I was thinking I would replace one of our dumb switches with an Eve smart switch. I opened it up to make sure it had a neutral wire, but it was wired so poorly that as I pulled on the old switch, most of the connections came undone. In the process, though I discovered that it was a 3-way switch, and so I can't use an Eve smart switch.

So I decided to just replace the old dumb switch. But the wiring of the box is more complicated than I'd ever seen. So I'm not quite sure how to rewire it. It has three cable coming in to the box. The top-right cable has a ground, black, white and red wire. The bottom-right cable just has a ground, black and white wire, as does the bottom-left cable.

The ground wires are all connected.

The two bottom white wires are connected to each other still, though it's possible the top white wire was connected but I'm not sure - it could have been connected to the switch instead.

The top-right black wire is connected to the bottom-left black wire.

The top-right red wire is free (and so I think was connected to the switch).

The bottom-right black wire is free (and so I think it was connected to the switch).

I'm trying to re-attach a Lutron DV-603P 3-way dimmer switch. It has a ground, a black wire and two red wires. I've seen some wiring diagrams for it when used as both a two-way switch and a 3-way switch, but none of the diagrams use a 3-cable box - just a simple 2-cable one.

I tried to simply wire it up as a 2-way switch, connecting the ground, and the switch's black to the bottom-right black, and the switch's first red to the top-right red, leaving the switch's second red wire un-connected (and the top-right white un-connected as well). That didn't work, largely because I think that it should indeed be wired as a 3-way switch.

So does anyone know how I should re-wire it as a 3-way switch in to a 3-cable box?

Here's a diagram of the wires as they exist, though as I said, some of the free wires might have been attached to some of the other wires and come loose when I removed the old switch.

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And here is the back of the switch itself.

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Here's a photo of the box, and then a close up of the upper part and the bottom parts.

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  • Can you post a photo showing the back of the box in question please? Dec 16, 2019 at 23:55
  • I just added 3 photos...
    – Doug
    Dec 17, 2019 at 0:00

1 Answer 1


What you have there are cables, not conduits.

A 3-way switch has 2 travelers that must necessaily be in the same conduit or cable. On your setup, that can only describe the white and red from the upper cable/conduit.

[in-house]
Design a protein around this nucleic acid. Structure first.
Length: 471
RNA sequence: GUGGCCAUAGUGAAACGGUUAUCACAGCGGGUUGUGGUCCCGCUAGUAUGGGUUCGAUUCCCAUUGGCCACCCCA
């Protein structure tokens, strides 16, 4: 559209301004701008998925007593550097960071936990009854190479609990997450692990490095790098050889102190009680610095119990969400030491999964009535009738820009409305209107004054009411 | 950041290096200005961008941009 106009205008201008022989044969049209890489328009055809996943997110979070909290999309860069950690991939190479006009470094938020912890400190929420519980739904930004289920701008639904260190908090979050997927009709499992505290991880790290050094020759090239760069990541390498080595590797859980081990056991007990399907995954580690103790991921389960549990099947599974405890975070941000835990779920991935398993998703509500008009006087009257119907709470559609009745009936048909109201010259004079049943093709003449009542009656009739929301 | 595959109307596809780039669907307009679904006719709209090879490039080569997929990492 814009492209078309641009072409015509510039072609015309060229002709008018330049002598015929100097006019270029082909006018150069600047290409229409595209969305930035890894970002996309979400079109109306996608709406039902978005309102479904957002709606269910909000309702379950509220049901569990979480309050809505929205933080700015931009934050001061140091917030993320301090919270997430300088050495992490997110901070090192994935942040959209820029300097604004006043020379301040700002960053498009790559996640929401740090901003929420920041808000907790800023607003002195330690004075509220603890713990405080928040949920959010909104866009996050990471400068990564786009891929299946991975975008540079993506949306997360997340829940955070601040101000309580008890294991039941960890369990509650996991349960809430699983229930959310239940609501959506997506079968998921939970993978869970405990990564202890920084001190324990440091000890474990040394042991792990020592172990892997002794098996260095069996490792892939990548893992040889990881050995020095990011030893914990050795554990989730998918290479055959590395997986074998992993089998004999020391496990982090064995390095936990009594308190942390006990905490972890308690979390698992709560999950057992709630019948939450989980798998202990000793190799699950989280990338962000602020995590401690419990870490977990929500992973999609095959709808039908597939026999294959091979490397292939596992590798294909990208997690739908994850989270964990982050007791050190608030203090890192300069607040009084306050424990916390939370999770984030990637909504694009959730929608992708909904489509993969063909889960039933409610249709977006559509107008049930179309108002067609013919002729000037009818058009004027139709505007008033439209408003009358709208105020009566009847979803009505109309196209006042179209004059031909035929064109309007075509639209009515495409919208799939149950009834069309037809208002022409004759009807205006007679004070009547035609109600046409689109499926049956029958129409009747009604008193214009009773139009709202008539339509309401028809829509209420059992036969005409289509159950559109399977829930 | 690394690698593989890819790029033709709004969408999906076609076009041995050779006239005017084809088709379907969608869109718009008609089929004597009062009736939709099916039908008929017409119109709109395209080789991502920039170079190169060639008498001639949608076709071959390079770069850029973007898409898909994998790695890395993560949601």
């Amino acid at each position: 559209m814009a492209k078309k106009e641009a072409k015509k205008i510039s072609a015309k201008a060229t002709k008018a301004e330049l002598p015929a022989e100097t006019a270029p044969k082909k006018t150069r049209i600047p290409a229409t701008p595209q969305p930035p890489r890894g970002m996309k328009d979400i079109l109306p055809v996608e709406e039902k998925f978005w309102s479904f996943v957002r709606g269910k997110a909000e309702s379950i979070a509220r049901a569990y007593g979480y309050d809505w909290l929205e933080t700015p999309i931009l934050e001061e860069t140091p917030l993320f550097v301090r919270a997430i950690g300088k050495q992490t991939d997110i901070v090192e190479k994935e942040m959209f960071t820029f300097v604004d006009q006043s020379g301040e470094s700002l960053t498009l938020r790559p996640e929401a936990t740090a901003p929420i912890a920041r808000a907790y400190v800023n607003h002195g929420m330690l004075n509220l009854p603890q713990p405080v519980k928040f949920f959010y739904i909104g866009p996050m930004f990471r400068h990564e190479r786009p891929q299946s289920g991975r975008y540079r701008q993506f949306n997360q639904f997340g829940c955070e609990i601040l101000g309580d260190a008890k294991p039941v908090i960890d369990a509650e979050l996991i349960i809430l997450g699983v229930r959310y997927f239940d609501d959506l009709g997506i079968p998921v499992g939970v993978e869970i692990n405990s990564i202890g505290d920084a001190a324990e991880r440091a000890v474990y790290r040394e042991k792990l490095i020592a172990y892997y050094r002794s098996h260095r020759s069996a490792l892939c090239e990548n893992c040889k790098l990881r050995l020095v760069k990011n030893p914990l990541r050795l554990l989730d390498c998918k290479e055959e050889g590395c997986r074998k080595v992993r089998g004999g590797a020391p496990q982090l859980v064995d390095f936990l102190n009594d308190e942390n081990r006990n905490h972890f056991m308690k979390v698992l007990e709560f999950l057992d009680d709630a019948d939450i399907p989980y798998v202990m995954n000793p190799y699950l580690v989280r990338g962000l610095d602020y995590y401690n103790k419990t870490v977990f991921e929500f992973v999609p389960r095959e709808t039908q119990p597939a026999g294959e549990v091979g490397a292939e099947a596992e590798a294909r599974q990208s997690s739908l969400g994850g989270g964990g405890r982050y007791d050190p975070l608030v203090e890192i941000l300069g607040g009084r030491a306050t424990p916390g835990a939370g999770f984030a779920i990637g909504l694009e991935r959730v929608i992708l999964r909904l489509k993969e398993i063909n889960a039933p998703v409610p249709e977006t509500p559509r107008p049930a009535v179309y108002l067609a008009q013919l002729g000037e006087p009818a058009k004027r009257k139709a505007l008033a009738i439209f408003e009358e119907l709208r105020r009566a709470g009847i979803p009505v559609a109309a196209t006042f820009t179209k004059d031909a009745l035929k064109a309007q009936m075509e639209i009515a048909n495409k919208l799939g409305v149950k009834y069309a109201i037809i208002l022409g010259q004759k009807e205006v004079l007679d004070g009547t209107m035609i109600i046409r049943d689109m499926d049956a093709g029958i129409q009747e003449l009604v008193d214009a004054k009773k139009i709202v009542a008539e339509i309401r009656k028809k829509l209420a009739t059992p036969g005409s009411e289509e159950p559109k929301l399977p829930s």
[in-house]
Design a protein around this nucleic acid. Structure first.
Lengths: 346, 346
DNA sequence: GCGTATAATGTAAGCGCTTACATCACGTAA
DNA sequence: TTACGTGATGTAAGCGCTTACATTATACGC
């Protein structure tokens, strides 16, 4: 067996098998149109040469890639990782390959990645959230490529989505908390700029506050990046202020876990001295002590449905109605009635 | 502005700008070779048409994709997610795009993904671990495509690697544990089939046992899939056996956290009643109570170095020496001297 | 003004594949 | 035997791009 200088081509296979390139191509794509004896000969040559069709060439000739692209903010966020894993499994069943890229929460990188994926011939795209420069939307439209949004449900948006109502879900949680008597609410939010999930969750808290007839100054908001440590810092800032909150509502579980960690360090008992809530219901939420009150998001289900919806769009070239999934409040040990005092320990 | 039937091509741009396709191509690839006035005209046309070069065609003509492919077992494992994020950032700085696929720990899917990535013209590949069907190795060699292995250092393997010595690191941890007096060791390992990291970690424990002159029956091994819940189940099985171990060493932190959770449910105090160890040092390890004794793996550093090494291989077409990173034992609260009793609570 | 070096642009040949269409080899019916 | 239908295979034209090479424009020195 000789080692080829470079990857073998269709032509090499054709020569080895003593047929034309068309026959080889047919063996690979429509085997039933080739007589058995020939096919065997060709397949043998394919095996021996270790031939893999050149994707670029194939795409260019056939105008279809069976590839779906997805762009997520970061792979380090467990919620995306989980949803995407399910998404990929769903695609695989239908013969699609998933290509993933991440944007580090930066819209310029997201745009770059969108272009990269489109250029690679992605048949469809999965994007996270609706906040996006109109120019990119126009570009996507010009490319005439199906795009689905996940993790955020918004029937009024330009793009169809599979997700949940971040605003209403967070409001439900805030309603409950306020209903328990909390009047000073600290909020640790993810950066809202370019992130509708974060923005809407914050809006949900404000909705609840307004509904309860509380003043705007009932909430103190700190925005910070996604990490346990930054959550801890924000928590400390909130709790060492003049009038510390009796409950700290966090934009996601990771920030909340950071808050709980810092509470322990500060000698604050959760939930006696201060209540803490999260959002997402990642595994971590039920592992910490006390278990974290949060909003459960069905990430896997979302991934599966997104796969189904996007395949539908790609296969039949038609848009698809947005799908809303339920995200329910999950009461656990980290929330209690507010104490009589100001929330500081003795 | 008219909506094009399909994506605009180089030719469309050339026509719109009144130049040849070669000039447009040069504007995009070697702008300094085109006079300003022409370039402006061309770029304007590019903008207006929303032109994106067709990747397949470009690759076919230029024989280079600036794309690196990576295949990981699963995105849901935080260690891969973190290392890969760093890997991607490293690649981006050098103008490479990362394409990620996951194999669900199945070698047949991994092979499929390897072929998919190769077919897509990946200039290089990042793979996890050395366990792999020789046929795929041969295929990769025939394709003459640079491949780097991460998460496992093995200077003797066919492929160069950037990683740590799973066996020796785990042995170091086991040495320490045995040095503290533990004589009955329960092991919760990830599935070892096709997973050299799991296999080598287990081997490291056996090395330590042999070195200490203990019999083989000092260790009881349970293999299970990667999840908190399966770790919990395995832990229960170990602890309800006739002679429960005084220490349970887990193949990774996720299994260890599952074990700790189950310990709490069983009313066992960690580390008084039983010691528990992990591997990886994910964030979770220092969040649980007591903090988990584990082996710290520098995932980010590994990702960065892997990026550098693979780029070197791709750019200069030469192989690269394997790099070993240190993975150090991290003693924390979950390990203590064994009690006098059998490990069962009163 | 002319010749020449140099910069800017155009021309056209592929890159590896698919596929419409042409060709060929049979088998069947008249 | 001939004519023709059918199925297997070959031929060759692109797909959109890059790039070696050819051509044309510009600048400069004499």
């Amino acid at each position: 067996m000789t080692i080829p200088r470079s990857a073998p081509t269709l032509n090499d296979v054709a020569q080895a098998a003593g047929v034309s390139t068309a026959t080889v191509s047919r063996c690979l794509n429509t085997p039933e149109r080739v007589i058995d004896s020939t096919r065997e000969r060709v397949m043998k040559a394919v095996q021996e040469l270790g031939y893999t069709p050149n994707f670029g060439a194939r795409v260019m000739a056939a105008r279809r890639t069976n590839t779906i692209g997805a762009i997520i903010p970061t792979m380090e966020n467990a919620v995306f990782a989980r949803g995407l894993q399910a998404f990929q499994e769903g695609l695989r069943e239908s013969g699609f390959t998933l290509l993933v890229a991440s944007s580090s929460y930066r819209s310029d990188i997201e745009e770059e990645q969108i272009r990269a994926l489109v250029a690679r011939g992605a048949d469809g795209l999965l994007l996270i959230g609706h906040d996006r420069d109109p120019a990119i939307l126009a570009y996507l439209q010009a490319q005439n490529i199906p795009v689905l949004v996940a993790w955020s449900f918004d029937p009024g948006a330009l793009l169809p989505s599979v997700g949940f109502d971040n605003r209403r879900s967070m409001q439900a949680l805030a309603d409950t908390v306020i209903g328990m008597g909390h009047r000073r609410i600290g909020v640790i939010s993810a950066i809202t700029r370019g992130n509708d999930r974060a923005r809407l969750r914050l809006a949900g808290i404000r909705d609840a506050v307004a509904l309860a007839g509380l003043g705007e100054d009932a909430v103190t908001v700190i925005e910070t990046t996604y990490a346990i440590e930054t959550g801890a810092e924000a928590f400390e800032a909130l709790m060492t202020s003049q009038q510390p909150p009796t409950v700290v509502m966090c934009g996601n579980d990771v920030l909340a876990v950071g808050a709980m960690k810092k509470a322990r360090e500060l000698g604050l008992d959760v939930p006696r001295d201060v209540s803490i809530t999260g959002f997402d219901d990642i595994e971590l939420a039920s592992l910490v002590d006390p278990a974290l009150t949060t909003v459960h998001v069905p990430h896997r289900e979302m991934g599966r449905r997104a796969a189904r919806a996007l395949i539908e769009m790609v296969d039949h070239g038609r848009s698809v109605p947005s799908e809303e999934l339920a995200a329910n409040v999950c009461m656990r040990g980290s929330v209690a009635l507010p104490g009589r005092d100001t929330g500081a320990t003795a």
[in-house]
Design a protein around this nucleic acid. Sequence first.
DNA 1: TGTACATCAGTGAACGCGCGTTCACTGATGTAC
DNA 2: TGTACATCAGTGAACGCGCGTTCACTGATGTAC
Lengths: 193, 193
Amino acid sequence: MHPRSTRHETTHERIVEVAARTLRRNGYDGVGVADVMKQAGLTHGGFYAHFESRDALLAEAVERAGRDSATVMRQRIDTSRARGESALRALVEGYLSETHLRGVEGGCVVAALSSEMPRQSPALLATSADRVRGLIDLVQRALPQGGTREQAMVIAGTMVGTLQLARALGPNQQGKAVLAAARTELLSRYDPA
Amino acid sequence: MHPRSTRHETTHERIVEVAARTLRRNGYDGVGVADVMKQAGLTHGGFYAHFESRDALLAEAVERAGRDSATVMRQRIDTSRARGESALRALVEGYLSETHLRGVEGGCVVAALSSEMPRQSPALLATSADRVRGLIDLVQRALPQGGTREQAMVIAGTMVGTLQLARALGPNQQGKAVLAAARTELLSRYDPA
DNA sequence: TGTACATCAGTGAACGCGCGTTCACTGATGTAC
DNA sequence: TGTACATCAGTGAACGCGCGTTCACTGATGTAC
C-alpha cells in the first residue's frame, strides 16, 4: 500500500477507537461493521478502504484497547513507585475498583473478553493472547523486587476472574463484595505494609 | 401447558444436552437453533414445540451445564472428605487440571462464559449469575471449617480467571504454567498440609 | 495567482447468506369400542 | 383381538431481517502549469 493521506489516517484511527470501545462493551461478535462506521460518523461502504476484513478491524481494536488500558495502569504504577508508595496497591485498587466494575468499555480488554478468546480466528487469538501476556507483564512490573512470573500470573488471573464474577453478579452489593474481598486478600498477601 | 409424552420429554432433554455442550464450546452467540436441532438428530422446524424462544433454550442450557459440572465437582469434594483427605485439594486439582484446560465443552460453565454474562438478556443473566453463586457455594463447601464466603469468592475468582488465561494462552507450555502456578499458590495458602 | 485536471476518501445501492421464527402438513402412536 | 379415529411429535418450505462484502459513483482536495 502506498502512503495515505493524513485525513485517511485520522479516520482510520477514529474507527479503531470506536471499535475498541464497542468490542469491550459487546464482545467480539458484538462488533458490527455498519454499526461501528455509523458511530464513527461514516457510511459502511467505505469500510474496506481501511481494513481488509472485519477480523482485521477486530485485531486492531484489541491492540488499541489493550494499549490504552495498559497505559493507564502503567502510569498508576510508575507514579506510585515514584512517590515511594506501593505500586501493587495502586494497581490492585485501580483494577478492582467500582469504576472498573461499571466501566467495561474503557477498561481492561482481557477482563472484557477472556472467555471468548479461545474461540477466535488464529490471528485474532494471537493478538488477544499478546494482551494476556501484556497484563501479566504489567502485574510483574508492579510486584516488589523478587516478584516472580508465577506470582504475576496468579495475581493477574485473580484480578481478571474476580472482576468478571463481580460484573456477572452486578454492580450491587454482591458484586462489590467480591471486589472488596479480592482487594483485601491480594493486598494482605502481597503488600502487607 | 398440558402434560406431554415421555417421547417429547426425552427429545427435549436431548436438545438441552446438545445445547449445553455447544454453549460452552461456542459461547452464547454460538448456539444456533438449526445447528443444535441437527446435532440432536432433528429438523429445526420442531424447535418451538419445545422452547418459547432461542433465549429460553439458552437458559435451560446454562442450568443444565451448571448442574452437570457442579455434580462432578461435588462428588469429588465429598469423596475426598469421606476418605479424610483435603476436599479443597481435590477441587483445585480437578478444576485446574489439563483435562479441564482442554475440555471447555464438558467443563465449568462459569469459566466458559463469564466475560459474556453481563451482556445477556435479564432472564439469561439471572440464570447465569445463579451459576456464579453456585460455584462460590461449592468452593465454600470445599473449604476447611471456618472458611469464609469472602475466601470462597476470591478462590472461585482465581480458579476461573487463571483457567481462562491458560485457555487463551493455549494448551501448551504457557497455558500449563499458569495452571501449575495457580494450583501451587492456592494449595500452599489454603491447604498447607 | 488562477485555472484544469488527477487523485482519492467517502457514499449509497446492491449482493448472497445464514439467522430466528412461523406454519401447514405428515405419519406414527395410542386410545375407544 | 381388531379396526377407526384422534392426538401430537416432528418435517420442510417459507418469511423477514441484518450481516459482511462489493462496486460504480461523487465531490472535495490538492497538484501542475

3-way switches have 1 more terminal (other than ground), which is called common. Lo and behold, there is one loose wire left in your panel.

Make sure you are using the right size of wire nut. The right one for these connections is orange or yellow. Red is too big.


Travelers are very confusing. Maddening, in fact, because they are typically wired using common cables, and those come in stock colors (black white and red). As such, in standard cables, color does not correspond to purpose. This means you have (for instance) white wires in the box that are neutral, and other white wires in the box which are travelers. In a comment, you ask a very simple question, expecting a simple answer and there isn't one. So we're gonna make it simple.

Those two wires in the same conduit/cable are both travelers. We are going to get yellow tape and re-mark them with yellow tape. This is my standard color for travelers, since it matches the brass screw on common 3-way switches.

Since the two red wires on the switch also are travelers, we remark them also with yellow tape.

When I run traveler wires in actual conduit, where I get choice of wire color, I use 2 yellows for travelers. There is no need to distinguish them from each other.

  • Thanks for the response. And just so I don't mis-interpret things, I should connect ground-to-ground, the switch's red to the upper-right red, the switch's black to the lower-right's black, and the switch's second red (on the far right in the picture) to the upper-right white wire? Is that white not a neutral wire? In other boxes, I've seen collections of white wires as neutral wires. Does this mean that I don't have netural wires in this setup?
    – Doug
    Dec 16, 2019 at 23:54
  • @Doug this is too confusing. I'm changing my answer to my usual answer in this case. Dec 17, 2019 at 2:38

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